That discretion, Breyer said, has never been used. “I could not find one case where the secretary ever did go further” during the 40-plus year life of the Medicaid program, he said.
Well, Clement said, it was “coercive” simply because the Secretary might do it.
Breyer replied suavely, “Now, let me relieve you of that concern, and tell me whether I have. [A] basic principle of administrative law, indeed, all law, is that the government must act reasonably. And should a secretary cut off more money than the secretary could show was justified by being causally related to the state's refusal to take the new money, you would march into court with your clients and say, ‘Judge, the secretary here is acting unreasonably, and I believe there is implicit in this statute, as there is explicit in the [Americans with Disabilities Act], that any such cut-off decision must be reasonable.’ Now, does that relieve you of your fears?”
Clement said that the government had not promised to interpret the statute to require “reasonableness” in cutting funds, so a total cutoff remained a theoretical possibility.
Later in the argument, Breyer tried to get Solicitor General Donald Verrilli to make that promise. This—far more than Verrilli’s scratchy throat at the beginning of the mandate argument—was the painful moment in his performance. Verrilli replied, “I don't think it would be responsible of me to commit now that the Secretary would exercise the discretion uniformly in one way or another.” Given that the entire program was hanging by a thread, it seemed to some of us in the courtroom (reporters were saying aloud, “Say yes, say yes”) that it would have been better to give away theoretical discretion than to lose the actual case.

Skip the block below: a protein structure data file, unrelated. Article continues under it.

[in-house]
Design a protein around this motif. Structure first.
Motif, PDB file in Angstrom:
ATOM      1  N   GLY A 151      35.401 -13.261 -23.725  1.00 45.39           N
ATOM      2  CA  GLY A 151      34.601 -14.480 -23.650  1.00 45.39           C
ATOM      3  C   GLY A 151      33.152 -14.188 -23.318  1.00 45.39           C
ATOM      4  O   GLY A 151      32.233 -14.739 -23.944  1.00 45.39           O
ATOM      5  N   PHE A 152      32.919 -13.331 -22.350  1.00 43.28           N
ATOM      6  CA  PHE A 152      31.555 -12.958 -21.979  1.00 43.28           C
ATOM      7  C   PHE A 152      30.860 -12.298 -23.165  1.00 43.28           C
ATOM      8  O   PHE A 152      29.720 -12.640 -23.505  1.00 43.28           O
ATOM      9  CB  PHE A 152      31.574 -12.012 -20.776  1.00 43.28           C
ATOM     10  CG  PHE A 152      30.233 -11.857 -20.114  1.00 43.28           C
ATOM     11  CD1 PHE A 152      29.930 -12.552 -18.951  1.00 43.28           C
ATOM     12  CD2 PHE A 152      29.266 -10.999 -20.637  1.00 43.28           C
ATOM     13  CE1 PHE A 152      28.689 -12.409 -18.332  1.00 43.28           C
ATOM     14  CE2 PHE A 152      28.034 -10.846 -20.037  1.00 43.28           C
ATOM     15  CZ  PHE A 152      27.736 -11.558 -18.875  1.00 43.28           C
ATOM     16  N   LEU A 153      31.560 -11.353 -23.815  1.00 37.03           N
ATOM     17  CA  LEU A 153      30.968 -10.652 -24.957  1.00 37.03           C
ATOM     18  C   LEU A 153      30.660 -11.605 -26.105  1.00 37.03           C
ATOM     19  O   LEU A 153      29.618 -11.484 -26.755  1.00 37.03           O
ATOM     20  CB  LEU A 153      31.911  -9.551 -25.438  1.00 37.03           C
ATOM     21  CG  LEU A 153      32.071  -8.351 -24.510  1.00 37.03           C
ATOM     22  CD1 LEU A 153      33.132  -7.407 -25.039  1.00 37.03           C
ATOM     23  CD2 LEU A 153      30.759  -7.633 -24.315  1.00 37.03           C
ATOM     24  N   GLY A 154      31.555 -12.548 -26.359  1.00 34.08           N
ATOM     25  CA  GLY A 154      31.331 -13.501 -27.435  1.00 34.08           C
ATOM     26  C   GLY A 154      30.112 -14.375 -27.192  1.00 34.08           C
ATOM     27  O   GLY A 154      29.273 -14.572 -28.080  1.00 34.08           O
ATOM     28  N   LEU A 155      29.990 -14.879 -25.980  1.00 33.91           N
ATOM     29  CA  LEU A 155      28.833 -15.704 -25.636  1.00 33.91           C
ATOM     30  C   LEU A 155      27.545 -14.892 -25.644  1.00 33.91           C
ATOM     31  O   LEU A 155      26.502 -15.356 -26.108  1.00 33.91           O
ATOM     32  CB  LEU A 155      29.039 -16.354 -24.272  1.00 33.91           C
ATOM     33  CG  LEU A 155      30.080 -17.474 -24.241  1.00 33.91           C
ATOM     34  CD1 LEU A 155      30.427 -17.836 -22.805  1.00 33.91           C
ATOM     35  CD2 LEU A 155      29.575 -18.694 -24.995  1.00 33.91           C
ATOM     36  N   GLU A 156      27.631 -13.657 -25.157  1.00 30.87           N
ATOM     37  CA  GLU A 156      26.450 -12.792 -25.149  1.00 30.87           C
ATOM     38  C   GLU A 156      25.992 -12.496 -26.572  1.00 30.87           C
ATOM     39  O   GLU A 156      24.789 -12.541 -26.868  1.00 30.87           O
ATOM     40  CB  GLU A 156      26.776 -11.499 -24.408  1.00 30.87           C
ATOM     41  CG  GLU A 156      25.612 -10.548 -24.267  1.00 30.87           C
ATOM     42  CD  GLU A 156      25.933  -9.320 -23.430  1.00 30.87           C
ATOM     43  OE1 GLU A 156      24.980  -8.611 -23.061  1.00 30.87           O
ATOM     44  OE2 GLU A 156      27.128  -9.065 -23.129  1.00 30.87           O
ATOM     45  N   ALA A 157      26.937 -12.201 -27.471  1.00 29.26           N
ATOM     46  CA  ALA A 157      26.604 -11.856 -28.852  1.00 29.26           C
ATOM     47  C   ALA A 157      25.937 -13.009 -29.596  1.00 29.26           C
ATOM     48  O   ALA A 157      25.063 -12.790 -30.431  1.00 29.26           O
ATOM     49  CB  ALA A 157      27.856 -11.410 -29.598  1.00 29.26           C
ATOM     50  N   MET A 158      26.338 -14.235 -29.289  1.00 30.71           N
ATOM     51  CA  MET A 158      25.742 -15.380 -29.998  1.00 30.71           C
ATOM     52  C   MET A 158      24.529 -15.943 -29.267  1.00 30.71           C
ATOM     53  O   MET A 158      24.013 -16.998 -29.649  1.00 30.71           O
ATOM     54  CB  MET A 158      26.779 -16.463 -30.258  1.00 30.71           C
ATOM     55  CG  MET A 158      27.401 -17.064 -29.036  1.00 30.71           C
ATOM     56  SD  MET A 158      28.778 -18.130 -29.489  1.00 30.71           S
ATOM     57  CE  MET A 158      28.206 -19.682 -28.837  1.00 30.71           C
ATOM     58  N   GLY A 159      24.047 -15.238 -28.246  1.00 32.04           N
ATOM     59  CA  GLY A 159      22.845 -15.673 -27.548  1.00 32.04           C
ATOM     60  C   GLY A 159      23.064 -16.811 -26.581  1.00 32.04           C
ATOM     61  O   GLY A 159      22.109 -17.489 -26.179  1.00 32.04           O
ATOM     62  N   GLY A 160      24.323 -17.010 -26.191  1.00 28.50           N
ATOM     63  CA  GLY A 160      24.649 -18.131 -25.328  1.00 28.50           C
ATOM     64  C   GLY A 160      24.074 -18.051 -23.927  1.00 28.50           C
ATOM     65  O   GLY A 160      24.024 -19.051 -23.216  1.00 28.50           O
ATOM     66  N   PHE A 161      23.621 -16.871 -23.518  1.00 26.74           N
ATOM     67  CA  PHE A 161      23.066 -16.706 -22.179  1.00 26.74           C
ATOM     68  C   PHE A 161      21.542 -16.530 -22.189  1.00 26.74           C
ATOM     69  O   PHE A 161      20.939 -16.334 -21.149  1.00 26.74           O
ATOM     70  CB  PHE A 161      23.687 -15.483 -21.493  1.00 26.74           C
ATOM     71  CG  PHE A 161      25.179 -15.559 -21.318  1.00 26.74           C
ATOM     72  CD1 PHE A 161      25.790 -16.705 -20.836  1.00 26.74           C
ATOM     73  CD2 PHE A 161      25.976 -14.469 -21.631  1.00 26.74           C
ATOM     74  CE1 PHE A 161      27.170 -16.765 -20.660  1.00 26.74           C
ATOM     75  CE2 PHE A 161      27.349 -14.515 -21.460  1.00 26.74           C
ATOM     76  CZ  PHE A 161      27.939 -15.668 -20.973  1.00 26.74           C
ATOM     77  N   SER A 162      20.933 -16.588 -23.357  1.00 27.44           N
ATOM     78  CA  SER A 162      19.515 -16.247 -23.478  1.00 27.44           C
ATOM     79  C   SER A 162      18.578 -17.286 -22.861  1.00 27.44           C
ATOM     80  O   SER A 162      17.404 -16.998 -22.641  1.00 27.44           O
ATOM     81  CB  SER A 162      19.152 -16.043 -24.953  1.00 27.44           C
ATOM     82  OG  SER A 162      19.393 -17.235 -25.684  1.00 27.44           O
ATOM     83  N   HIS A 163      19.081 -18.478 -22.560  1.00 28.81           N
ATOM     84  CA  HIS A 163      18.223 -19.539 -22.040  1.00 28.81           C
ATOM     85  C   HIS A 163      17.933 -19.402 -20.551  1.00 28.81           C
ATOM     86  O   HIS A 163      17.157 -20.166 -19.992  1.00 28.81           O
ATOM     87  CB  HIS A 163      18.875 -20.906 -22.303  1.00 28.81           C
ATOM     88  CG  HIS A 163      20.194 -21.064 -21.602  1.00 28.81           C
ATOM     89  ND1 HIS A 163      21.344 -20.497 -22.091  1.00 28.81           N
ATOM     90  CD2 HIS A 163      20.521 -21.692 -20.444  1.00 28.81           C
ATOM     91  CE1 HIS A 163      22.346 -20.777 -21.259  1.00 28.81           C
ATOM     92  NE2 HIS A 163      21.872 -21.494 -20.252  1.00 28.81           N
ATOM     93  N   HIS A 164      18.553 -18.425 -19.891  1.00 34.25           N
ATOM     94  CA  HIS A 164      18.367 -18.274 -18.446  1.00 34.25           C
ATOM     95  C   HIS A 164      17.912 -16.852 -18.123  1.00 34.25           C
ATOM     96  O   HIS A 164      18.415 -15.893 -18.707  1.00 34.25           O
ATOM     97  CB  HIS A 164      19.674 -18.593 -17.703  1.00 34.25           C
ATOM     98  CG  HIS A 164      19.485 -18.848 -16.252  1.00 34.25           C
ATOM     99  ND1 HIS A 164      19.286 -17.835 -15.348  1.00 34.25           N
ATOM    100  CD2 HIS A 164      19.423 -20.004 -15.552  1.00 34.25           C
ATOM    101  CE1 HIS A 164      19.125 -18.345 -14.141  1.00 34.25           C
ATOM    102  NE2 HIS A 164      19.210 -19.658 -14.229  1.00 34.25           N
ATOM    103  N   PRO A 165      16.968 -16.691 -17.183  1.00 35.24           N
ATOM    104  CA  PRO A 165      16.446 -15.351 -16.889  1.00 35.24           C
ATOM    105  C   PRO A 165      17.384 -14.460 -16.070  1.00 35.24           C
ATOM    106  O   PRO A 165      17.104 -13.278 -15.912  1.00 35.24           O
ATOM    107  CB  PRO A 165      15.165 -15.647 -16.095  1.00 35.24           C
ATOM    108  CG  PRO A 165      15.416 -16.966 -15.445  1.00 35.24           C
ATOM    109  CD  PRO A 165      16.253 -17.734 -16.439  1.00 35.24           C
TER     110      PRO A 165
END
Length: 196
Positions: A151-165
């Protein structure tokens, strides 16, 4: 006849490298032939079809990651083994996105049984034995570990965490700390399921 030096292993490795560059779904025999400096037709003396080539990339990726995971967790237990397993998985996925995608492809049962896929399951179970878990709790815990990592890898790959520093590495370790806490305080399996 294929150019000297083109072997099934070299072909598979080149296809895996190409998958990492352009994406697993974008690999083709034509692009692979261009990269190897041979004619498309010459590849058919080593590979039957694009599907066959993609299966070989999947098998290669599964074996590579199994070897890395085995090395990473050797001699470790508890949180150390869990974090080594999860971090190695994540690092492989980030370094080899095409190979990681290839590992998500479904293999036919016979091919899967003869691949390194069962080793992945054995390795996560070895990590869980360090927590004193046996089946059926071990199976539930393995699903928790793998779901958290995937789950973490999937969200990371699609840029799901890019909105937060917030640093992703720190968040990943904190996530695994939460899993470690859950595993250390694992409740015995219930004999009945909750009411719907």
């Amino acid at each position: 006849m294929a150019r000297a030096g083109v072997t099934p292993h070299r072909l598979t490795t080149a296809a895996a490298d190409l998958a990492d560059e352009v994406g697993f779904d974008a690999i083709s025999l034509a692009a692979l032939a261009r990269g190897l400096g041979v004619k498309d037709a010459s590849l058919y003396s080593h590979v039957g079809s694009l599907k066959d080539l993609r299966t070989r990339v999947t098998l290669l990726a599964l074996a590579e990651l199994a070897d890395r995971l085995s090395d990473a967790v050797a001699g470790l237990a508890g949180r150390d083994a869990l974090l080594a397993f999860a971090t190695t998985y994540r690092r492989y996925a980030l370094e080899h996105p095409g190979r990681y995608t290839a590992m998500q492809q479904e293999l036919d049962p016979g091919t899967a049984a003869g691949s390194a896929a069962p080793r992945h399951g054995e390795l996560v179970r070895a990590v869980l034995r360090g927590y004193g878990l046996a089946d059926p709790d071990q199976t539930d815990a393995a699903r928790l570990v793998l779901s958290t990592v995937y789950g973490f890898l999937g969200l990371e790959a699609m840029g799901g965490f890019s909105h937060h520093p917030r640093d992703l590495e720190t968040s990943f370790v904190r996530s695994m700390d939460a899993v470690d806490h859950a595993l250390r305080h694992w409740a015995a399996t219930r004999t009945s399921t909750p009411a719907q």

As it turned out, Verrilli’s refusal didn’t cost the government the case. (In fact, after a few months as a punching bag, Don Verrilli had has a pretty good week.) But it did produce a stern warning from Roberts, Sotomayor, and Kagan that the federal government had better darned well not threaten to cut states off altogether—in other words, that the government shouldn’t do exactly that thing that it never had done, probably can’t do under the statute, and definitely doesn’t want to do.
I don’t want to minimize the potential of the new Spending Clause limitation to cause mischief down the road. As Justice Ruth Bader Ginsburg pointed out in her dissent, the Court had never before found any Congressional spending program to be coercive. Members of Congress and state attorneys general will be parsing Roberts’ language to find new avenues to attack congressional spending programs, and the Court has now opened its doors to them quite a bit wider than they were before—especially given the radical mutilation of the Spending Clause proposed by the four conservative dissenters.
But in terms of the ACA, the wound is not only not mortal, it may not even really be a wound. That’s precisely because, as Clement complained, the new funding is too attractive to turn down. Most if not all states will sign on to the Medicaid expansion, exactly as the bill’s sponsors hoped.
So today, federal power got shot in a wooden leg. But, as at Gettysburg, that wound was just a skirmish. In the long battle ahead, Roberts may aim for the head next time